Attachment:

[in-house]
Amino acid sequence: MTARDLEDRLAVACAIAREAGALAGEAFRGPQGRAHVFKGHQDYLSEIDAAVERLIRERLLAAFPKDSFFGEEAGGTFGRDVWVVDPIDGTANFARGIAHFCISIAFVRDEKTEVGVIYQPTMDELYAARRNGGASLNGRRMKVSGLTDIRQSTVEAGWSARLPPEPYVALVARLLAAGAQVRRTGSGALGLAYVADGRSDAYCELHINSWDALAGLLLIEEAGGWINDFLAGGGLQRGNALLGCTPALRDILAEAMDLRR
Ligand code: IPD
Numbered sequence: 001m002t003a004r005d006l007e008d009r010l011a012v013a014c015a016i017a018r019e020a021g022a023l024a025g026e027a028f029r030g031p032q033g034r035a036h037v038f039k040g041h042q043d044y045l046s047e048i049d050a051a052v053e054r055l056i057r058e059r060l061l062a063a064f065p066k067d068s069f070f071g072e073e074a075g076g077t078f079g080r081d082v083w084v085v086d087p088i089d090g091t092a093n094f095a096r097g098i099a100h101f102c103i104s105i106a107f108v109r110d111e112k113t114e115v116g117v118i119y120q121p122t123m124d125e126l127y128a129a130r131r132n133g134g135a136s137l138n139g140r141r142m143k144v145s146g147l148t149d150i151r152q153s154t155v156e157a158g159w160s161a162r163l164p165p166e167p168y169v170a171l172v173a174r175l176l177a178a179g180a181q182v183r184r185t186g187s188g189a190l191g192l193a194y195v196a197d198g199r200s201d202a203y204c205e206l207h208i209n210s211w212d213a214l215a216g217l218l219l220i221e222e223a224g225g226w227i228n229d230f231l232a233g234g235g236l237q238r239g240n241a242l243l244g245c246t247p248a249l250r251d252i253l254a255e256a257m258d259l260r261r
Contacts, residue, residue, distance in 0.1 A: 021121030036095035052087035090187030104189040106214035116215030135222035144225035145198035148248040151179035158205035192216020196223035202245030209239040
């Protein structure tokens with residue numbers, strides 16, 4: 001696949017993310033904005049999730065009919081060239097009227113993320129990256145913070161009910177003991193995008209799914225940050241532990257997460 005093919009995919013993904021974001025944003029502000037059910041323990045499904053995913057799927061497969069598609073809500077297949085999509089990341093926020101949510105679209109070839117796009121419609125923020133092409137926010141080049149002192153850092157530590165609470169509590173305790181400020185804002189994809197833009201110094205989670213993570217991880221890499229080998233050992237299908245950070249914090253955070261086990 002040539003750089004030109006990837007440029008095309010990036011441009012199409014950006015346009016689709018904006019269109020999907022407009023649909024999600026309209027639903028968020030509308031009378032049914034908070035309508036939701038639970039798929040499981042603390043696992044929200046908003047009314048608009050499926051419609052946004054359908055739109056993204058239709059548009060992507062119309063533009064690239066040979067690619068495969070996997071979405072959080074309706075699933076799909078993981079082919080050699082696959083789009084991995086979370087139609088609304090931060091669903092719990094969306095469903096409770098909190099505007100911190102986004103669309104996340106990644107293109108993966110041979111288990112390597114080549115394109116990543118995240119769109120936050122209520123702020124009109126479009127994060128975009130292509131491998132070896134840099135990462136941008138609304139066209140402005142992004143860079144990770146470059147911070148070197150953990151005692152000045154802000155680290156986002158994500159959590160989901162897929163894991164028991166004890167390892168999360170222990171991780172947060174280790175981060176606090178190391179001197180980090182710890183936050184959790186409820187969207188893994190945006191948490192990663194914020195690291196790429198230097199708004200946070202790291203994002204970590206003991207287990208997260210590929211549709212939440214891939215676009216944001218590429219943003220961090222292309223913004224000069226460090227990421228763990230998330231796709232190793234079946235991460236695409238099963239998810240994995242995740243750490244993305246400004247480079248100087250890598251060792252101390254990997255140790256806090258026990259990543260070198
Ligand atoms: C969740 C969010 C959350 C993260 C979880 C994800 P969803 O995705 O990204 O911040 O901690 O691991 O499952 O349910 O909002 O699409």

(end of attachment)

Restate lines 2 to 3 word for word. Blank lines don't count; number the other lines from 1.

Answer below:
Amino acid sequence: MTARDLEDRLAVACAIAREAGALAGEAFRGPQGRAHVFKGHQDYLSEIDAAVERLIRERLLAAFPKDSFFGEEAGGTFGRDVWVVDPIDGTANFARGIAHFCISIAFVRDEKTEVGVIYQPTMDELYAARRNGGASLNGRRMKVSGLTDIRQSTVEAGWSARLPPEPYVALVARLLAAGAQVRRTGSGALGLAYVADGRSDAYCELHINSWDALAGLLLIEEAGGWINDFLAGGGLQRGNALLGCTPALRDILAEAMDLRR
Ligand code: IPD